GE Healthcare will invest more than $35.2 million in new diagnostic imaging research at the University of Wisconsin. One of the goals of the initiative is to enable physicians to be able to know if cancer treatment can work for a patient without going through an entire course of chemotherapy.
The vendor will invest up to $32.9 million in support under a 10-year agreement to build a state-of-the-art imaging research facility at the university’s Wisconsin Institutes for Medical Research in Madison. The support includes cash funding, diagnostic imaging equipment and research personnel. Partners include the university radiology and medical physics departments.
Anticipated research programs include developing ultra-low computed tomography radiation dose imaging applications, linking hybrid modalities like MRI and PET to quantify and measure disease progression, new ways to early diagnose and monitor treatment of patients with non-alcoholic fatty liver disease, and developing new cardiovascular imaging techniques for non-invasive diagnosis of heart and vascular disease.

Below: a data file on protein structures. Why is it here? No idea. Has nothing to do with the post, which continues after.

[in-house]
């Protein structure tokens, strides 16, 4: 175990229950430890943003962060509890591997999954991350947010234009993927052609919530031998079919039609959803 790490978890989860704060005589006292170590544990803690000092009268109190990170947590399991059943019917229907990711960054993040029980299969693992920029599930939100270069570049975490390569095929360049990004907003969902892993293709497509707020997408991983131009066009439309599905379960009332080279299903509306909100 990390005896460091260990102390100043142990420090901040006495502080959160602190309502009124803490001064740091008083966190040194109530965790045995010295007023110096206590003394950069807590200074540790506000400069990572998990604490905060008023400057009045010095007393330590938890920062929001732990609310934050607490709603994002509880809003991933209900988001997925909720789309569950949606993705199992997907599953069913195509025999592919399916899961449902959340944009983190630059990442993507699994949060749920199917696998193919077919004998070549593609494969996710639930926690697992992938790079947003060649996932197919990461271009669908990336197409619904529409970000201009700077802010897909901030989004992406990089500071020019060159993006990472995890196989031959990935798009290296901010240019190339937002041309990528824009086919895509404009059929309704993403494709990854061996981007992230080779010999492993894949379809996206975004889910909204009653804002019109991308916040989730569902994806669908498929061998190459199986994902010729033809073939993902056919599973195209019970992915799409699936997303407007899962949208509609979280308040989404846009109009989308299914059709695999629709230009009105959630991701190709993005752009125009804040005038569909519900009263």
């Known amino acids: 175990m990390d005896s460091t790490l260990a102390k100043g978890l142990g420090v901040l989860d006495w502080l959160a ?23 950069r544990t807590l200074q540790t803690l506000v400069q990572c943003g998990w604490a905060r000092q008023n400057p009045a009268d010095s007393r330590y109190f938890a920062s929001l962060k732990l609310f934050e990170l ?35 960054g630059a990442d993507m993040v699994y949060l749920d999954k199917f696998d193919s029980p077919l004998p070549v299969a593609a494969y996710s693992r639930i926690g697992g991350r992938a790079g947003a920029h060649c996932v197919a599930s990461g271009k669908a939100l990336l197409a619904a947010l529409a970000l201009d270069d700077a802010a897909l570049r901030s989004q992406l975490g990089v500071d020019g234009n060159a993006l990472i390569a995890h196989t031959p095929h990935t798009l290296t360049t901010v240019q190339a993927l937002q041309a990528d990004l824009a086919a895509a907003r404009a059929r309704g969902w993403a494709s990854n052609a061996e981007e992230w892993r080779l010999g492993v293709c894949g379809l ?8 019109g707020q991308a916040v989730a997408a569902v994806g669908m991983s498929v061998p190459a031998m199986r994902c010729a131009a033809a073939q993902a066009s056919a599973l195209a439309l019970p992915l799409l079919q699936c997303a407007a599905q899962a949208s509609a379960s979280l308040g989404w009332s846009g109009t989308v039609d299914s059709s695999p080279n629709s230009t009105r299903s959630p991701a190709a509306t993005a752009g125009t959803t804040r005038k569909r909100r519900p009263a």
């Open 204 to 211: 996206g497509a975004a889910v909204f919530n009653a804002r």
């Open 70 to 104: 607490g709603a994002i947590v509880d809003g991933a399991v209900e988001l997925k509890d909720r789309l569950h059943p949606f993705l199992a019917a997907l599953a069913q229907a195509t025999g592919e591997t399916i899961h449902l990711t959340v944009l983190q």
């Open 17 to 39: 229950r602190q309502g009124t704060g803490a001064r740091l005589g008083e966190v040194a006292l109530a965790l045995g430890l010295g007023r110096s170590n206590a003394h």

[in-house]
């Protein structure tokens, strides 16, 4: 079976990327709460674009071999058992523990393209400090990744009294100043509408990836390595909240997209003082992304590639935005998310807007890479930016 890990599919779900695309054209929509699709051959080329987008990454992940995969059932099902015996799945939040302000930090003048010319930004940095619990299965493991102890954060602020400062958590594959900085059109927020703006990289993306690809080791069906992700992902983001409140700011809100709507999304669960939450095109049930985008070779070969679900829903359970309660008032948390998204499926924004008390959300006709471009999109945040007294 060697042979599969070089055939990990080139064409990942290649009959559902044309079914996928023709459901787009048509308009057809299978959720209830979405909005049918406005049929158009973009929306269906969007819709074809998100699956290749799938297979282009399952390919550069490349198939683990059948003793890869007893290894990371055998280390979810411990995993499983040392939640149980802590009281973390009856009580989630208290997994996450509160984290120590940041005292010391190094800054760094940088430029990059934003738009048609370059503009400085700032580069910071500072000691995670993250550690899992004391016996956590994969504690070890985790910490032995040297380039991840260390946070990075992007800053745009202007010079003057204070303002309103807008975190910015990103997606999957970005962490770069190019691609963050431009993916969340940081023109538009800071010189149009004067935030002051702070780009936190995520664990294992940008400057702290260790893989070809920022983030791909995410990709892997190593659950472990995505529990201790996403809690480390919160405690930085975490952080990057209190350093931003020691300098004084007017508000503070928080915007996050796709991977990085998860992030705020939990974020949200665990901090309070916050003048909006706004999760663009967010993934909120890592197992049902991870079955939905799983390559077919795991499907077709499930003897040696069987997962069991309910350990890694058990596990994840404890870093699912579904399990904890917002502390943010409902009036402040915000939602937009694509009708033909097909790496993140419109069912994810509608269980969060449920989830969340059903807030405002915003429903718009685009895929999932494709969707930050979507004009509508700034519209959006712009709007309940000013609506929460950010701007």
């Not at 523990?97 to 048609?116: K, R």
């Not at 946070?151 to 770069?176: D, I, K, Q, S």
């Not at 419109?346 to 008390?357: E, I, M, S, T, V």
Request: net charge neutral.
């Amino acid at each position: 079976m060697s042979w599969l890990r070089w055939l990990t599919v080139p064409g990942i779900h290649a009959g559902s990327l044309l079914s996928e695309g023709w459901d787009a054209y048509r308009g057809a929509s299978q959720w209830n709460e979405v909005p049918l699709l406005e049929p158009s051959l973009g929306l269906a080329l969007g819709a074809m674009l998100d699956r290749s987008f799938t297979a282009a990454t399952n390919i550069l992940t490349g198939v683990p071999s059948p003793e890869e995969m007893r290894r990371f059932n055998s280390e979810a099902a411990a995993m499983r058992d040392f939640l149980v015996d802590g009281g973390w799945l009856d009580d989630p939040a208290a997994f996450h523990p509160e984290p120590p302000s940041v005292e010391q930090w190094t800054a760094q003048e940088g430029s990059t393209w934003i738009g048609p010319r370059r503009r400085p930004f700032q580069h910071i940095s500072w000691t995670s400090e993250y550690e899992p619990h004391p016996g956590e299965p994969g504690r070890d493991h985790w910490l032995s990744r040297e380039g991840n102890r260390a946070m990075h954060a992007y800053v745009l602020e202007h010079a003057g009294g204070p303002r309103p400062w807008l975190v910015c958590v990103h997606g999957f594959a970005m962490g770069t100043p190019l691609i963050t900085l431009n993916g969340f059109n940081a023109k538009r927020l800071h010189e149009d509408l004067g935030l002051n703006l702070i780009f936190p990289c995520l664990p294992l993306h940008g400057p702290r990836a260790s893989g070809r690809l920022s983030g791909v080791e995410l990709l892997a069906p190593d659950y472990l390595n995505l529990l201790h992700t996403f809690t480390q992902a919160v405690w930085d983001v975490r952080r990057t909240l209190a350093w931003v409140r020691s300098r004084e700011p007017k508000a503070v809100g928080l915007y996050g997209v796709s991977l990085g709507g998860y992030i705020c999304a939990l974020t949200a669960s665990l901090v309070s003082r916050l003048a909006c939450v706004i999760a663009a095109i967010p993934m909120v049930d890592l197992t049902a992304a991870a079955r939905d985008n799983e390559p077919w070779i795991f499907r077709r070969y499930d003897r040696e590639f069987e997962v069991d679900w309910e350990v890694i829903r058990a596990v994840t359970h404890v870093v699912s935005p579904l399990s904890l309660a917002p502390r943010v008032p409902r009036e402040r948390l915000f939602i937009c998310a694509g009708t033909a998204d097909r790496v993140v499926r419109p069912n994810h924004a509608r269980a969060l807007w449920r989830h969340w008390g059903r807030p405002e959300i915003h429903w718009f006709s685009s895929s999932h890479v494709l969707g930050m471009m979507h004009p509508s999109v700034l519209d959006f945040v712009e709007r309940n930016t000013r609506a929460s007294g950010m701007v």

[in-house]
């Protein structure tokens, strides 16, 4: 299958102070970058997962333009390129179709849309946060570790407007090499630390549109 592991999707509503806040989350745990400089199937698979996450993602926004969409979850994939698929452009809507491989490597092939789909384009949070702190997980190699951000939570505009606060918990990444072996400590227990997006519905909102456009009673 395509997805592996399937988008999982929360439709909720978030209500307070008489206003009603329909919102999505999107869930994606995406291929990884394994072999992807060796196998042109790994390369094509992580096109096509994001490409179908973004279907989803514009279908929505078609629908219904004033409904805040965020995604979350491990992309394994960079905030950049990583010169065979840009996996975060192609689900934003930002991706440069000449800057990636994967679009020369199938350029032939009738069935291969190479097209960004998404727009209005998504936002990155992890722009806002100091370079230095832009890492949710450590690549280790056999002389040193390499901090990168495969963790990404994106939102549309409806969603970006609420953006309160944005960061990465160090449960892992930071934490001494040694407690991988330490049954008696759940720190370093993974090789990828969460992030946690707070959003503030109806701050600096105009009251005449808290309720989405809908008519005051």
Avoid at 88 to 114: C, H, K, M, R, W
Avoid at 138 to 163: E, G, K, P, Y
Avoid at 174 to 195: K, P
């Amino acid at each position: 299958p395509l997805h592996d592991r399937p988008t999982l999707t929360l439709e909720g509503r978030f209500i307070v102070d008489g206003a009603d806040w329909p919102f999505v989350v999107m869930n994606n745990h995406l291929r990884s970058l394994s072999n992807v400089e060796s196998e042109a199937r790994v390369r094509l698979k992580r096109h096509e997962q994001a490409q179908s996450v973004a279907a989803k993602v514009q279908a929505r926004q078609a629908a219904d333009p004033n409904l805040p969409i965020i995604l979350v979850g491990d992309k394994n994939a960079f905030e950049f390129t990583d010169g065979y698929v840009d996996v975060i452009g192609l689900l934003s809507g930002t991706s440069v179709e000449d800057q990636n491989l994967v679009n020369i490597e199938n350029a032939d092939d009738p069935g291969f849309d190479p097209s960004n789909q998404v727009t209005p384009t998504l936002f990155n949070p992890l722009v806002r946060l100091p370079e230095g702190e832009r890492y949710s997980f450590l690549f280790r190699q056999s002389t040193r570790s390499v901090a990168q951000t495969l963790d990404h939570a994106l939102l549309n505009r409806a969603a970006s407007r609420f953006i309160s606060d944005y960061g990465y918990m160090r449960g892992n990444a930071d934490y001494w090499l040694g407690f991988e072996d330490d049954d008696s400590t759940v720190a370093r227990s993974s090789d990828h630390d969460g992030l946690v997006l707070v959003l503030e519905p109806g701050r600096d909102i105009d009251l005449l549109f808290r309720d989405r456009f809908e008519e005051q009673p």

The vendor will commit more than $3 million toward building the GE Healthcare Center for Advanced Computational Imaging at University of Wisconsin-Milwaukee. The center will develop advanced-level coursework in software development and provide seed funding for research and collaborative projects related to imaging and signal processing for medical technologies, according to the organizations. The first program will be a graduate-level certification in computational imaging, starting in the fall of 2013.
The center also will create professional development curricula for GE Healthcare employees. The goal of the initiative is to expand the medical imaging talent pipeline in the state. The new projects continue a 30-year partnership between GE Healthcare and the University of Wisconsin.
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